Without U.S. support, Maliki and Karzai may well face civil wars. Already, Sunni deserters are reportedly thinning the ranks of Maliki’s forces in Anbar. And experts suggest this confrontation, led by Maliki’s reckless Shiite-led forces, is potentially more dangerous than 2004, given the wider regional struggle between Shiites and Sunnis raging over the border into Iraq and Lebanon — a struggle largely supplied by Sunni Saudi Arabia and Shiite Iran. This spreading war makes U.S. coercive diplomacy critical not just to dealing with Iraq, but also to pressuring Saudi Arabia, Iran, and Russia (which is contracting with Iraq to sell arms) to cooperate. With increasingly desperate partners in Baghdad and Kabul, Washington now has its chance.
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Before we get to the specifics of this exposé about escorts working the Iowa and New Hampshire primary crowds, let’s get three things out of the way: 1.) It’s from Cosmopolitan; 2.) most of the women quoted use fake (if colorful) names; and 3.) again, it’s from Cosmopolitan. That said, here’s what we learned:
- Business was booming: one escort who says she typically gets two inquiries a weekend got 15 requests in the pre-primary weekend.
- Their primary season clientele is a bit older than normal—”40s through mid-60s, compared with mostly twentysomething regulars” and “they’ve clearly done this before.”
- They seemed more nervous than other clients, because “the stakes are higher when you’re working for a possible future president” but “all practiced impeccable manners.”
- One escort “typically enjoy[s] the company of Democrats more, just because I feel like our views line up a lot more.”
No matter where you stand on mandating companies to include a backdoor in encryption technologies, it doesn’t make sense to allow that decision to be made on a state level. “The problem with state-level legislation of this nature is that it manages to be both wildly impractical and entirely unenforceable,” writes Brian Barrett at Wired. There is a solution to this problem. “California Congressman Ted Lieu has introduced the ‘Ensuring National Constitutional Rights for Your Private Telecommunications Act of 2016,’ which we’ll call ENCRYPT. It’s a short, straightforward bill with a simple aim: to preempt states from attempting to implement their own anti-encryption policies at a state level.”
Much has been made of David Brooks’s recent New York Times column, in which confesses to missing already the civility and humanity of Barack Obama, compared to who might take his place. In NewYorker.com, Jeffrey Frank reminds us how critical such attributes are to foreign policy. “It’s hard to imagine Kennedy so casually referring to the leader of Russia as a gangster or a thug. For that matter, it’s hard to imagine any president comparing the Russian leader to Hitler [as] Hillary Clinton did at a private fund-raiser. … Kennedy, who always worried that miscalculation could lead to war, paid close attention to the language of diplomacy.”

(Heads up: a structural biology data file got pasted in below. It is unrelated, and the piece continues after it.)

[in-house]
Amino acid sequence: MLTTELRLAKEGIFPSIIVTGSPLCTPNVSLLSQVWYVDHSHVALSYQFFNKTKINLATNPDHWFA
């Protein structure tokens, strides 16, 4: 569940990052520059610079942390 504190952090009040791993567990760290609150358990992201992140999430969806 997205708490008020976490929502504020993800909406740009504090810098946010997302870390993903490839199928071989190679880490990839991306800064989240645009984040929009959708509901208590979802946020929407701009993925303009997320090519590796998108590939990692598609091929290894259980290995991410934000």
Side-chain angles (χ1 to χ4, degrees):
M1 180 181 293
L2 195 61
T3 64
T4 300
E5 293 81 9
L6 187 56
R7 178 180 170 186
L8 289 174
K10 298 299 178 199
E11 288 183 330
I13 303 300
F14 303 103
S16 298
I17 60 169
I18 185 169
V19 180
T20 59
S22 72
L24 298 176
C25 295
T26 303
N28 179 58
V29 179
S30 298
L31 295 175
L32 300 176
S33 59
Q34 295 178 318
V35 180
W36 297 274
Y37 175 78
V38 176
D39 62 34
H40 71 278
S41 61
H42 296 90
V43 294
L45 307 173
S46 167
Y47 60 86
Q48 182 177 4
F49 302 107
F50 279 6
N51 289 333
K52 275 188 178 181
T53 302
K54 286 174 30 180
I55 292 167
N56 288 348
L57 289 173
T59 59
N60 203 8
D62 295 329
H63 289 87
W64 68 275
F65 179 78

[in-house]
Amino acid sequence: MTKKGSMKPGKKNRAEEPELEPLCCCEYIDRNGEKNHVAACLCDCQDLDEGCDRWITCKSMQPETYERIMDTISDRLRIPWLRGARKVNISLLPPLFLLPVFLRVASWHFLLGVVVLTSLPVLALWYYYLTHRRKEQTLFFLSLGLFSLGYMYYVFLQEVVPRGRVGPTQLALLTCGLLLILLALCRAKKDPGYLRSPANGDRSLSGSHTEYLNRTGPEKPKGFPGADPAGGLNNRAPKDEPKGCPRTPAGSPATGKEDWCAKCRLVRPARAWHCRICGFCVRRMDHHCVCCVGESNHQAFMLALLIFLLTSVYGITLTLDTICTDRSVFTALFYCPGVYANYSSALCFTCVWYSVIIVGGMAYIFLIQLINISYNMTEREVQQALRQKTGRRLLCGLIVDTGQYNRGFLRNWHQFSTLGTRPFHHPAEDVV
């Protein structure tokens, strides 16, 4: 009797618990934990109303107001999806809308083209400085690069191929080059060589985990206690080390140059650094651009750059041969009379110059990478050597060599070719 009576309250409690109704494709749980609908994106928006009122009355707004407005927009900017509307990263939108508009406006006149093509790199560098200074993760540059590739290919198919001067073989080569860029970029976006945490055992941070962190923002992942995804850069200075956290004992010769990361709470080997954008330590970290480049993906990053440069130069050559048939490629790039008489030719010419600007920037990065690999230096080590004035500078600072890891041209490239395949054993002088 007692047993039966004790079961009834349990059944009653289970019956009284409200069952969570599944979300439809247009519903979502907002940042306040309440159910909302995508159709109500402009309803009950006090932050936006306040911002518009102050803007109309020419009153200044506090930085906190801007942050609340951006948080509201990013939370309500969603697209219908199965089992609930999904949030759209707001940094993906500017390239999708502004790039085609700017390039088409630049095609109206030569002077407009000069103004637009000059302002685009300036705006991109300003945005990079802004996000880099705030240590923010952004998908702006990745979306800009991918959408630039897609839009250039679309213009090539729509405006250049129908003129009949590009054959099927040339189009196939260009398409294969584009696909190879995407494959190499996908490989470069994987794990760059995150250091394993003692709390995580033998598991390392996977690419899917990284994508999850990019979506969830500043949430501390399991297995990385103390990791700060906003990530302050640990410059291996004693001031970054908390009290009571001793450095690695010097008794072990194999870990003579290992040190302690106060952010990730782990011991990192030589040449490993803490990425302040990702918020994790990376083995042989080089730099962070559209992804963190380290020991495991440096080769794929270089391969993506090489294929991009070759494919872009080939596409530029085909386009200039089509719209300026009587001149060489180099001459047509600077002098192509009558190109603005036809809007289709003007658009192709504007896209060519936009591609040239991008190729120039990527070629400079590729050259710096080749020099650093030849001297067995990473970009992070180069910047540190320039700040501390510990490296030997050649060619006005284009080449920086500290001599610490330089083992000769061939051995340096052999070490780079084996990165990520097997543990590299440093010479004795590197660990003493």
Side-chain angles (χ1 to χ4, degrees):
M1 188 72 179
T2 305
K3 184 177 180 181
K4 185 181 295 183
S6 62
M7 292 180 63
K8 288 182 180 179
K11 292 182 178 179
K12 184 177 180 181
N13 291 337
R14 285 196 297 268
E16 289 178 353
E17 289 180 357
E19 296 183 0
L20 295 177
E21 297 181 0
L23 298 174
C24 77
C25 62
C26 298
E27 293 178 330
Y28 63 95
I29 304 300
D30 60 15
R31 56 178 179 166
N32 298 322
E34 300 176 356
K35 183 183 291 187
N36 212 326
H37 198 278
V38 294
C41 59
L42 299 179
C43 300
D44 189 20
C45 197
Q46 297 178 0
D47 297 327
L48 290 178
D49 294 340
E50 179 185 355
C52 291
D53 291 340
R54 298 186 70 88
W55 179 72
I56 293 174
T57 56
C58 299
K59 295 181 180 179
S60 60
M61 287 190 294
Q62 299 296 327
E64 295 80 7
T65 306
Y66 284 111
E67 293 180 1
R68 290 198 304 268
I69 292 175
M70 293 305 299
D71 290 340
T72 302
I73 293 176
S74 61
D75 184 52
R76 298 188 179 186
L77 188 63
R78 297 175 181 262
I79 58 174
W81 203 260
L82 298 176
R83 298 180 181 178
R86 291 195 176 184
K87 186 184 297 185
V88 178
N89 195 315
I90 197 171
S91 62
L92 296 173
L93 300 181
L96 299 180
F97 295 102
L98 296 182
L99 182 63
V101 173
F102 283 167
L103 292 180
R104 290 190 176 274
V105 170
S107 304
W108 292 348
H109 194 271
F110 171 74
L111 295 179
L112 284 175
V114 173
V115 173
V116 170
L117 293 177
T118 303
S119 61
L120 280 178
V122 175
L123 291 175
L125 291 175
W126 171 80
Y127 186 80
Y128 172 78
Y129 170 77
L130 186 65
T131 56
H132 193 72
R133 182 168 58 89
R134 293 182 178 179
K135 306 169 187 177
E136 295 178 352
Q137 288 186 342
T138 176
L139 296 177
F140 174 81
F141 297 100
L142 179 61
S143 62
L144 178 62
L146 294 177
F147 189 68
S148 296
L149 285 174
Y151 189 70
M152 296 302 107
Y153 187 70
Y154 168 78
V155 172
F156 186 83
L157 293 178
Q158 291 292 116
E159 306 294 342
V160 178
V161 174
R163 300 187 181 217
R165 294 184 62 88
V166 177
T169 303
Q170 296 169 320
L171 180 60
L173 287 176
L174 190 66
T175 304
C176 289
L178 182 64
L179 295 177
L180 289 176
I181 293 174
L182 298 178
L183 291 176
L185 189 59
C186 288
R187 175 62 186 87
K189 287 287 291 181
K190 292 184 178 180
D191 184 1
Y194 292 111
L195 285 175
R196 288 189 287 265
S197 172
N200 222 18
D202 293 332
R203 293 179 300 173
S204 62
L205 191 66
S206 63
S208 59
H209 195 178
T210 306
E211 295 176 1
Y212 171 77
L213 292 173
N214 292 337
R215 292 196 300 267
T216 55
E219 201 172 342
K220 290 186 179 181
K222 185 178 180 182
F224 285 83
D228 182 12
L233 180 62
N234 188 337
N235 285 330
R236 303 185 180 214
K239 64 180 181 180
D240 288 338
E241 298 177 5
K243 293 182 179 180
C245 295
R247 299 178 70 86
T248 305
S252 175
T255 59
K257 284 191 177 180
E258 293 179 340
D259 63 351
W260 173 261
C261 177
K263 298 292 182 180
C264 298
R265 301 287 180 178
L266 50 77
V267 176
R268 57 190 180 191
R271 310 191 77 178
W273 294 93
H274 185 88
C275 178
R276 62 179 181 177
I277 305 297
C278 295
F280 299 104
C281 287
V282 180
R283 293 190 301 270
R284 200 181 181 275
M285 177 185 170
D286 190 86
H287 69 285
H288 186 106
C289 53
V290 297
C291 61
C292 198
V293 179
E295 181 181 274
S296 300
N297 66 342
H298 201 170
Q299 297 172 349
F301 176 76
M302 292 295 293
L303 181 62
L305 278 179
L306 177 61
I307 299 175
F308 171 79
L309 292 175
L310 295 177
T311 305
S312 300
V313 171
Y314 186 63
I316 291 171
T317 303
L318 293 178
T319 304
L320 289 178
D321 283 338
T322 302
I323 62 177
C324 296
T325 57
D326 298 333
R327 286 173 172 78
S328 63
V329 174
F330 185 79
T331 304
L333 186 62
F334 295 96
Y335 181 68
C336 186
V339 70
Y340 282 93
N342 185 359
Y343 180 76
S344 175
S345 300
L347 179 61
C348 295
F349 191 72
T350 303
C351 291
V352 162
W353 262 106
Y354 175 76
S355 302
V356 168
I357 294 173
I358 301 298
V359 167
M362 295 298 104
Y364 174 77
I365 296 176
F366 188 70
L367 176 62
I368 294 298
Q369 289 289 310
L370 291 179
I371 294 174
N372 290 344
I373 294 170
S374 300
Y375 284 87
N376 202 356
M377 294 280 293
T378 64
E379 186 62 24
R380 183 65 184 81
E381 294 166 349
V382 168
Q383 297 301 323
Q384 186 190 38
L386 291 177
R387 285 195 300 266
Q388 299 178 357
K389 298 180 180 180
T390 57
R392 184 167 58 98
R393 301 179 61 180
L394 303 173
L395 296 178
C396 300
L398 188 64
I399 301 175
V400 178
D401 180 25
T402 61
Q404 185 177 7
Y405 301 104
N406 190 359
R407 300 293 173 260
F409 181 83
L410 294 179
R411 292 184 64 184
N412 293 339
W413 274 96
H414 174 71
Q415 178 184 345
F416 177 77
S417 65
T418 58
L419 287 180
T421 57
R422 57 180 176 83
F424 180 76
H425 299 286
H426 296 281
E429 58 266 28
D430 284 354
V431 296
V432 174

The New Covenant. The Third Way. The Democratic Leadership Council style. Call it what you will, but whatever centrist triangulation Bill Clinton embraced in 1992, Hillary Clinton wants no part of it in 2016. Writing for Bloomberg, Sasha Issenberg and Margaret Talev explore how Hillary’s campaign has “diverged pointedly” from what made Bill so successful: “For Hillary to survive, Clintonism had to die.” Bill’s positions in 1992—from capital punishment to free trade—“represented a carefully calibrated diversion from the liberal orthodoxy of the previous decade.” But in New Hampshire, Hillary “worked to juggle nostalgia for past Clinton primary campaigns in the state with the fact that the Bill of 1992 or the Hillary of 2008 would likely be a marginal figure within today’s Democratic politics.”
At first, “it was pleasant” to see Trevor Noah “smiling away and deeply dimpling in the Stewart seat, the seat that had lately grown gray hairs,” writes The Atlantic‘s James Parker in assessing the new host of the once-indispensable Daily Show. But where Jon Stewart was a heavyweight, Noah is “a very able lightweight, [who] needs time too. But he won’t get any. As a culture, we’re not about to nurture this talent, to give it room to grow. Our patience was exhausted long ago, by some other guy. We’re going to pass judgment and move on. There’s a reason Simon Cowell is so rich. Impress us today or get thee hence. So it comes to this: It’s now or never, Trevor.”